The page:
By Dr. Anthony Policastro

One of the things that you learn in medicine is that using single medications is better than combinations. However, for years over the counter medications have used a mixture of medications. Each one of those was aimed at a single symptom that the patient might be having.

The logic was that it was better to take one dose of medication than it was to take multiple doses of medication. While taking a single dose might make it easier to take the medication, it certainly was not as effective as a treatment.

For example cold remedies often contained multiple medications. Sometimes they contained a decongestant aimed at stopping a runny nose. Sometimes they contained an antihistamine aimed at treating nasal stuffiness. Sometimes they contained things like Tylenol to reduce fever. Sometimes they contained an expectorant to make a cough looser, and other times they contained a cough suppressant to stop a cough completely.

Most preparations contained many of these. That created several problems. The first is that most patients did not have all the symptoms that the medication treated. Thus they were taking medication that they did not need.

The second is that most of the preparations contained lower doses than if the medications were taken separately. That means that the patient was probably taking too low a dose for it to be effective.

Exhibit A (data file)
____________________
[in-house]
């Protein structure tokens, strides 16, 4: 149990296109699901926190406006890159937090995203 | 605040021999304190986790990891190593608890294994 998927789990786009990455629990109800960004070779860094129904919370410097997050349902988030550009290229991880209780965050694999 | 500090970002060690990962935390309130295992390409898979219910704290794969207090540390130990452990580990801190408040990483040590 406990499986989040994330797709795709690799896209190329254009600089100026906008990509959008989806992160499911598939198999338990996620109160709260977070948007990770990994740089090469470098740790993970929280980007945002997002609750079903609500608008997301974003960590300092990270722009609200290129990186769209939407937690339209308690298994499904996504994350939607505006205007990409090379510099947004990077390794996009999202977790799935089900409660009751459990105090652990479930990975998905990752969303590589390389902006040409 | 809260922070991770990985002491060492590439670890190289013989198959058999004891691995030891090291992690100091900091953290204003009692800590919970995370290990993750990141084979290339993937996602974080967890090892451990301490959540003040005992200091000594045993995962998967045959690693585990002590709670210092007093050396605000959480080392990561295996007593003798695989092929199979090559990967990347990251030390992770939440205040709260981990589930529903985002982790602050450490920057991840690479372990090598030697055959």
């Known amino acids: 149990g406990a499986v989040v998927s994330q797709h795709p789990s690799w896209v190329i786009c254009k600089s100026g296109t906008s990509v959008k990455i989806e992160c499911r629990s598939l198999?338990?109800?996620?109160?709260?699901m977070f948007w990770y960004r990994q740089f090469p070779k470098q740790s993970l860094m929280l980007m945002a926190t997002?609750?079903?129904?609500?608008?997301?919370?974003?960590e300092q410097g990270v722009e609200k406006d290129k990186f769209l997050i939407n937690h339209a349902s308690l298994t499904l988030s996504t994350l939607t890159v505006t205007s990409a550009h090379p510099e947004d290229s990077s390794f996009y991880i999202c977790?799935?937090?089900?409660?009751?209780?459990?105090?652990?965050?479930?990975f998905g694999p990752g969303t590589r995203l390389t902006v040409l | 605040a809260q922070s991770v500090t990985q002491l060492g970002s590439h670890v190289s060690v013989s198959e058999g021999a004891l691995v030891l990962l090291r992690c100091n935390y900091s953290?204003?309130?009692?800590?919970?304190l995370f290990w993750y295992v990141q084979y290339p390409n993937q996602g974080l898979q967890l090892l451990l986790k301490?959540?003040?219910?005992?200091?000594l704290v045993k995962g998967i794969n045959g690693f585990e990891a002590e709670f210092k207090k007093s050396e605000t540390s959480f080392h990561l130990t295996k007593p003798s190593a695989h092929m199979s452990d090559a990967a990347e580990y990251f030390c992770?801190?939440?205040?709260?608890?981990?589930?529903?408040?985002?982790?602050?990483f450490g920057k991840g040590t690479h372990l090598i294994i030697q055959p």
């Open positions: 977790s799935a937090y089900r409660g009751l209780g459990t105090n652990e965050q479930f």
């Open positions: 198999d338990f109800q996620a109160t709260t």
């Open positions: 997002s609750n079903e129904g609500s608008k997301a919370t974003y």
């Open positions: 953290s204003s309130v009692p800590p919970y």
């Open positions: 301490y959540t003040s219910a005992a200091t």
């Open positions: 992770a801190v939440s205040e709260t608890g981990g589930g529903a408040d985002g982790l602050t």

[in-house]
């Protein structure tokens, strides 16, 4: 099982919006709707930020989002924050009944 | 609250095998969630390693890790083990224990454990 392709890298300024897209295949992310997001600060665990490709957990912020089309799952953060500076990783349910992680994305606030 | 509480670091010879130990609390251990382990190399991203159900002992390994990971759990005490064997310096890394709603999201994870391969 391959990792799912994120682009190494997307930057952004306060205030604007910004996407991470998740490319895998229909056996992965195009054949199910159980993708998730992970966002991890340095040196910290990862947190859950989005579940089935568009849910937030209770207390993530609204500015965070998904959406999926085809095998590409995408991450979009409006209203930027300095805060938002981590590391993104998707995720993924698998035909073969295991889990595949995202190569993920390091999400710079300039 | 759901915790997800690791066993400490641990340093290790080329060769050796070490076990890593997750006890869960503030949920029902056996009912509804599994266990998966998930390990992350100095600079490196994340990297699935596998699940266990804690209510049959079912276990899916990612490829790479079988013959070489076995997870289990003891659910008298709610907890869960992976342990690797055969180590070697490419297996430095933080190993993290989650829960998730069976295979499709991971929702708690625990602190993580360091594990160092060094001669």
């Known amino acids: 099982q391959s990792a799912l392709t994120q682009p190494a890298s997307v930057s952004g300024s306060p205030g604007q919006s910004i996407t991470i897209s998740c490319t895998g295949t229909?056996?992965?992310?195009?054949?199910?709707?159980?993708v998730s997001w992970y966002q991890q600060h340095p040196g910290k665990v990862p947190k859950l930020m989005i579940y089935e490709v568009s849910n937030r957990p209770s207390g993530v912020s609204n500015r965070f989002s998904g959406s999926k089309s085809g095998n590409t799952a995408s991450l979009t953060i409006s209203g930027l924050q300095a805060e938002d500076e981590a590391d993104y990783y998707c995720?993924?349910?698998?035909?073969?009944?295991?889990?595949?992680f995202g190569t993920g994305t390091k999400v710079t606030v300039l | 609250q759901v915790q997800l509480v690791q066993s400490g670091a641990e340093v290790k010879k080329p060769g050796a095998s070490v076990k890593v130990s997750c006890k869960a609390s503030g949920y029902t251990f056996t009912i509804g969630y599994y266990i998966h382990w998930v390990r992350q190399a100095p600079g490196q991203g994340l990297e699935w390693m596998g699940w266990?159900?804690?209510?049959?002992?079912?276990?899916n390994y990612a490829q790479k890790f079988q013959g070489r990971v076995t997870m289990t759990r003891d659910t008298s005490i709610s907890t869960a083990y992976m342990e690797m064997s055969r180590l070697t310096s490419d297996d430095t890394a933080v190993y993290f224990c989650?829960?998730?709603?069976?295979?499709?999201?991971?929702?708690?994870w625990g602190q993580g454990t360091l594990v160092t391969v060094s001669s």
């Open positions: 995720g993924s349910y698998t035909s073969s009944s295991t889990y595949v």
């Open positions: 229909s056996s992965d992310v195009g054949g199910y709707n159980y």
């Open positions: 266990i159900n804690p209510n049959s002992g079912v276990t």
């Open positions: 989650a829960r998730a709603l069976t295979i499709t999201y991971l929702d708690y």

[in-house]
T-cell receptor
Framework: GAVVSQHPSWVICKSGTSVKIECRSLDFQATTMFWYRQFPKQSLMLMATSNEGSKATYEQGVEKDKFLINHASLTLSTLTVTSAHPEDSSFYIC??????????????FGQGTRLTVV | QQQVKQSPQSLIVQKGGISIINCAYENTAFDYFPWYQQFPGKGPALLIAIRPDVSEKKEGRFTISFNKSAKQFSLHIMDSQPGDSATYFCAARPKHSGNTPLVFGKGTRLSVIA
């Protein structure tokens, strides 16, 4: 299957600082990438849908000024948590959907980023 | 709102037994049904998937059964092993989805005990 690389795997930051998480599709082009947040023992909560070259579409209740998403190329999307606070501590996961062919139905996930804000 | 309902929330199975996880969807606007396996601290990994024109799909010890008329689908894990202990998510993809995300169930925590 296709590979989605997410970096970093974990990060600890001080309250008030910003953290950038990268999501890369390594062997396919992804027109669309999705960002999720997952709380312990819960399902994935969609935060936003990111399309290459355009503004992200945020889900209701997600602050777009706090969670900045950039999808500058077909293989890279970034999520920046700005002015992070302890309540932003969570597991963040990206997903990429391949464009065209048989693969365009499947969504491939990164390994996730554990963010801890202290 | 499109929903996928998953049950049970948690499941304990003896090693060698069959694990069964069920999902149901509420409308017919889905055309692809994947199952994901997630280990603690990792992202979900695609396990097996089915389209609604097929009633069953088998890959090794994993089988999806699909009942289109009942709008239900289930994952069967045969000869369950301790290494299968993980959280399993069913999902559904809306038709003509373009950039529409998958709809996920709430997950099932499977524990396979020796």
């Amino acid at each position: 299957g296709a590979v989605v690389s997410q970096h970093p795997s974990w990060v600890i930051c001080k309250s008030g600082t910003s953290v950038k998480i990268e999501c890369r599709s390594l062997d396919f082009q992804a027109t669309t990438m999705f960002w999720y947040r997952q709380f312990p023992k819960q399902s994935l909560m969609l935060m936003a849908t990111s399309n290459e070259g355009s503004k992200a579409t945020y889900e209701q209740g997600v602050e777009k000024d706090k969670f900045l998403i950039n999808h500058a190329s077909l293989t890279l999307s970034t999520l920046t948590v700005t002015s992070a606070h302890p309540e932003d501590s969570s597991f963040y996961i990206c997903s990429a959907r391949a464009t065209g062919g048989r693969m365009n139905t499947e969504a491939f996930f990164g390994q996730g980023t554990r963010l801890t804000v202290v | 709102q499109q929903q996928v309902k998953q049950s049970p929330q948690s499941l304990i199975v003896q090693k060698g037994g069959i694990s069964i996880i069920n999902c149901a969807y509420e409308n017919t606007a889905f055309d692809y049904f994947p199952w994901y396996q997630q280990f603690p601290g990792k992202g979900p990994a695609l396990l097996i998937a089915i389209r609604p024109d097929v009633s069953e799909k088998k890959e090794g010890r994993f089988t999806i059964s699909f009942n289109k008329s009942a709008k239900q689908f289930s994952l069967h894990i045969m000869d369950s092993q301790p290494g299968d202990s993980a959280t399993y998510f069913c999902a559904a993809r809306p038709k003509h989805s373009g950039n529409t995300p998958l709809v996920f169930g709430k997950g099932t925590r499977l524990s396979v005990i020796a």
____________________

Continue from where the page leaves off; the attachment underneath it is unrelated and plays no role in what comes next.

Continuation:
Until 2006 the decongestant that was most commonly used was pseudoephedrine (Sudafed). It was very effective. For most upper respiratory infections it was the only medication that was actually needed or helpful. It was a common over the counter medication.

However, drug abusers had found a method to take pseudoephedrine and chemically convert it to methamphetamine an addictive drug of abuse. It grew to such proportions that pseudoephedrine was taken off the over the counter market in 2006.

Manufacturers decided to replace it with another decongestant called phenylephrine. Phenylephrine had long been used as a topical decongestant. It went by the brand name of Neosynephrine nose drops. I sometimes used them in infants with colds so I would not have to use oral medications.

Phenylephrine works very well topically. However, when it is taken orally and has to go through the digestive tract, it doesn’t work. So from 2006 on, I always told parents that it was a useless medication when in a cold preparation.

Lo and behold, last week the FDA agreed with me (17 years later) and decided that it needed to be taken out of over the counter medications. 

I still keep Sudafed (which now comes from the pharmacy rather than over the counter) on hand for upper respiratory symptoms. During my recent bout of COVID, Paxlovid, Tylenol and Sudafed did the trick.

The convenience of multiple medications in one preparation really does not offset the lack of effectiveness when they are all used together instead of separately.